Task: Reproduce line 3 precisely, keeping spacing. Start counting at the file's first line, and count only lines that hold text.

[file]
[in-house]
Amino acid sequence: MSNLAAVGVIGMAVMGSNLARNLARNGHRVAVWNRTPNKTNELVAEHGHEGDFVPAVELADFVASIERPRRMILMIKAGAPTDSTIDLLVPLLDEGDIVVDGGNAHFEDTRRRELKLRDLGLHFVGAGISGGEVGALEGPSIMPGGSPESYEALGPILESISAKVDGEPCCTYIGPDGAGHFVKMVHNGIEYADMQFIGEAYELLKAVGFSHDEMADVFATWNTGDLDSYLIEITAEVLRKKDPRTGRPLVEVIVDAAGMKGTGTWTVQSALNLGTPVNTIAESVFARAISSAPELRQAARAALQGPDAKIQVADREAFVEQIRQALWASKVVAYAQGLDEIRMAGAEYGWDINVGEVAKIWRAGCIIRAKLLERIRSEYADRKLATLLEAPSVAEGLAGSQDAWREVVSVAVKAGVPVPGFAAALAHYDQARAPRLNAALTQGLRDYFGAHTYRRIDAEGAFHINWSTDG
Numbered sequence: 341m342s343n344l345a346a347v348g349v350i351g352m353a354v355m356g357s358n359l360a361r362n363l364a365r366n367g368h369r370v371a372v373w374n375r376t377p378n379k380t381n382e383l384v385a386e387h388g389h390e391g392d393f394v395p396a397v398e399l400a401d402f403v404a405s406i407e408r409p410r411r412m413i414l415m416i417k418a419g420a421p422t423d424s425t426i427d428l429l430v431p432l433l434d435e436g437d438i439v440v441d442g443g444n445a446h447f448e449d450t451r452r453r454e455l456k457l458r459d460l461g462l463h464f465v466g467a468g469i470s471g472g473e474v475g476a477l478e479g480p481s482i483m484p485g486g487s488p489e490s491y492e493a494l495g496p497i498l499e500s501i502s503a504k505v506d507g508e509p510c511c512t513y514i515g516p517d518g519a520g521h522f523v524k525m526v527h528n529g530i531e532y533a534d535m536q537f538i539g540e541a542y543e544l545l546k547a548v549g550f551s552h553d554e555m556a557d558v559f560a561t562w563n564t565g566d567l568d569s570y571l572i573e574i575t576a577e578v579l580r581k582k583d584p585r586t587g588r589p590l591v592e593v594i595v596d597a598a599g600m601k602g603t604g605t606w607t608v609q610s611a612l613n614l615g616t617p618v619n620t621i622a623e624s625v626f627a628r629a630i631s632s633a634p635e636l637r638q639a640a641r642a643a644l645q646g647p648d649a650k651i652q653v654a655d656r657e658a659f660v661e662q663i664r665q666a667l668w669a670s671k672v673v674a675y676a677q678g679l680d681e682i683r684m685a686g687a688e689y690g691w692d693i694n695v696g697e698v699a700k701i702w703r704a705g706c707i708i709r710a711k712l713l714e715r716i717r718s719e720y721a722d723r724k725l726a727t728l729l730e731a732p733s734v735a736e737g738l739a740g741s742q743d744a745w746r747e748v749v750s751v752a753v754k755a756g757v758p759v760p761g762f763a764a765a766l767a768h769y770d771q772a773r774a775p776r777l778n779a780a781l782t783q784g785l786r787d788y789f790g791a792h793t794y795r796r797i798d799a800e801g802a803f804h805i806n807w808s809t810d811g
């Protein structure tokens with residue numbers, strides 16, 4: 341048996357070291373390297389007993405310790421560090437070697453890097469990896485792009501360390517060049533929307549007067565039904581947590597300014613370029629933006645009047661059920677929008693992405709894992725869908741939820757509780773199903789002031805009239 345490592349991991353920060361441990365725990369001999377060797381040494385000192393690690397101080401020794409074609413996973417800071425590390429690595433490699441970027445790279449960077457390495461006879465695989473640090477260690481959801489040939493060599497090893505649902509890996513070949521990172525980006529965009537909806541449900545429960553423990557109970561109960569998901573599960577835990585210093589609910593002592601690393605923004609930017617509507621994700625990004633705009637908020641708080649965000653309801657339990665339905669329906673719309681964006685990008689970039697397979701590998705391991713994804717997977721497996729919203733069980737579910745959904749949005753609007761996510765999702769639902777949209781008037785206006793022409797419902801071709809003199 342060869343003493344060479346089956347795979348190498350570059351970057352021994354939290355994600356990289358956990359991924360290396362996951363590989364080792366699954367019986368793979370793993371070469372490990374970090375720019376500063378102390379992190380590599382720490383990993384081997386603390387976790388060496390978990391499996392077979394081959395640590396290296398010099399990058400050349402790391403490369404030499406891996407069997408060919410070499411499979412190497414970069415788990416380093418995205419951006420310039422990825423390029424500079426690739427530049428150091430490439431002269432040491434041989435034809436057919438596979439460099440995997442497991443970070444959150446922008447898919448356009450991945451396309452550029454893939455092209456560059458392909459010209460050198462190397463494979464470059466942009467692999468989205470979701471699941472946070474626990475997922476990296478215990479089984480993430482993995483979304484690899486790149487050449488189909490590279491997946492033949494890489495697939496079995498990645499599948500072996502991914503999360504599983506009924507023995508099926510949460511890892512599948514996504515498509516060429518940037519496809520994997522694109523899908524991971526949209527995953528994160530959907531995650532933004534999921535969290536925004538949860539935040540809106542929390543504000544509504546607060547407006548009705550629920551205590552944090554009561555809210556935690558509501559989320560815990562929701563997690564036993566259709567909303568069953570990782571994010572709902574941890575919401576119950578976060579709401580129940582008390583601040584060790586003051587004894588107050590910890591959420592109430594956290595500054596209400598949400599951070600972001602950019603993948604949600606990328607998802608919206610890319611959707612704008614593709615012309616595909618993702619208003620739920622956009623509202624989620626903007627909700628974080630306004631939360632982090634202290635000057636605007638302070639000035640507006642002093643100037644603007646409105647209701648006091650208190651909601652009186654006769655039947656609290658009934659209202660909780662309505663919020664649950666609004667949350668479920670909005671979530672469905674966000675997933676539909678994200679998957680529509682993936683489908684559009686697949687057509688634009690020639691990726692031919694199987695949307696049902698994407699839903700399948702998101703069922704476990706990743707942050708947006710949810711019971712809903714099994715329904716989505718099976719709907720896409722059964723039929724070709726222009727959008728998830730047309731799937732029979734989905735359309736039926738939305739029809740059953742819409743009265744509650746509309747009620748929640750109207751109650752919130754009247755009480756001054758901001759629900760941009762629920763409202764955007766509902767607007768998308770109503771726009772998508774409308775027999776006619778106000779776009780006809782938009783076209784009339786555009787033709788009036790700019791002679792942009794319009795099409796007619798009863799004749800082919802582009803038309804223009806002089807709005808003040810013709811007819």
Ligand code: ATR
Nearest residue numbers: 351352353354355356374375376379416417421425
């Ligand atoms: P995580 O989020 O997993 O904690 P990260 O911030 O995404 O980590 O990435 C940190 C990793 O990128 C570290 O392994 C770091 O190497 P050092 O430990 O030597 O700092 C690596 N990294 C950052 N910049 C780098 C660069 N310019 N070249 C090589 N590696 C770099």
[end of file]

Numbered sequence: 341m342s343n344l345a346a347v348g349v350i351g352m353a354v355m356g357s358n359l360a361r362n363l364a365r366n367g368h369r370v371a372v373w374n375r376t377p378n379k380t381n382e383l384v385a386e387h388g389h390e391g392d393f394v395p396a397v398e399l400a401d402f403v404a405s406i407e408r409p410r411r412m413i414l415m416i417k418a419g420a421p422t423d424s425t426i427d428l429l430v431p432l433l434d435e436g437d438i439v440v441d442g443g444n445a446h447f448e449d450t451r452r453r454e455l456k457l458r459d460l461g462l463h464f465v466g467a468g469i470s471g472g473e474v475g476a477l478e479g480p481s482i483m484p485g486g487s488p489e490s491y492e493a494l495g496p497i498l499e500s501i502s503a504k505v506d507g508e509p510c511c512t513y514i515g516p517d518g519a520g521h522f523v524k525m526v527h528n529g530i531e532y533a534d535m536q537f538i539g540e541a542y543e544l545l546k547a548v549g550f551s552h553d554e555m556a557d558v559f560a561t562w563n564t565g566d567l568d569s570y571l572i573e574i575t576a577e578v579l580r581k582k583d584p585r586t587g588r589p590l591v592e593v594i595v596d597a598a599g600m601k602g603t604g605t606w607t608v609q610s611a612l613n614l615g616t617p618v619n620t621i622a623e624s625v626f627a628r629a630i631s632s633a634p635e636l637r638q639a640a641r642a643a644l645q646g647p648d649a650k651i652q653v654a655d656r657e658a659f660v661e662q663i664r665q666a667l668w669a670s671k672v673v674a675y676a677q678g679l680d681e682i683r684m685a686g687a688e689y690g691w692d693i694n695v696g697e698v699a700k701i702w703r704a705g706c707i708i709r710a711k712l713l714e715r716i717r718s719e720y721a722d723r724k725l726a727t728l729l730e731a732p733s734v735a736e737g738l739a740g741s742q743d744a745w746r747e748v749v750s751v752a753v754k755a756g757v758p759v760p761g762f763a764a765a766l767a768h769y770d771q772a773r774a775p776r777l778n779a780a781l782t783q784g785l786r787d788y789f790g791a792h793t794y795r796r797i798d799a800e801g802a803f804h805i806n807w808s809t810d811g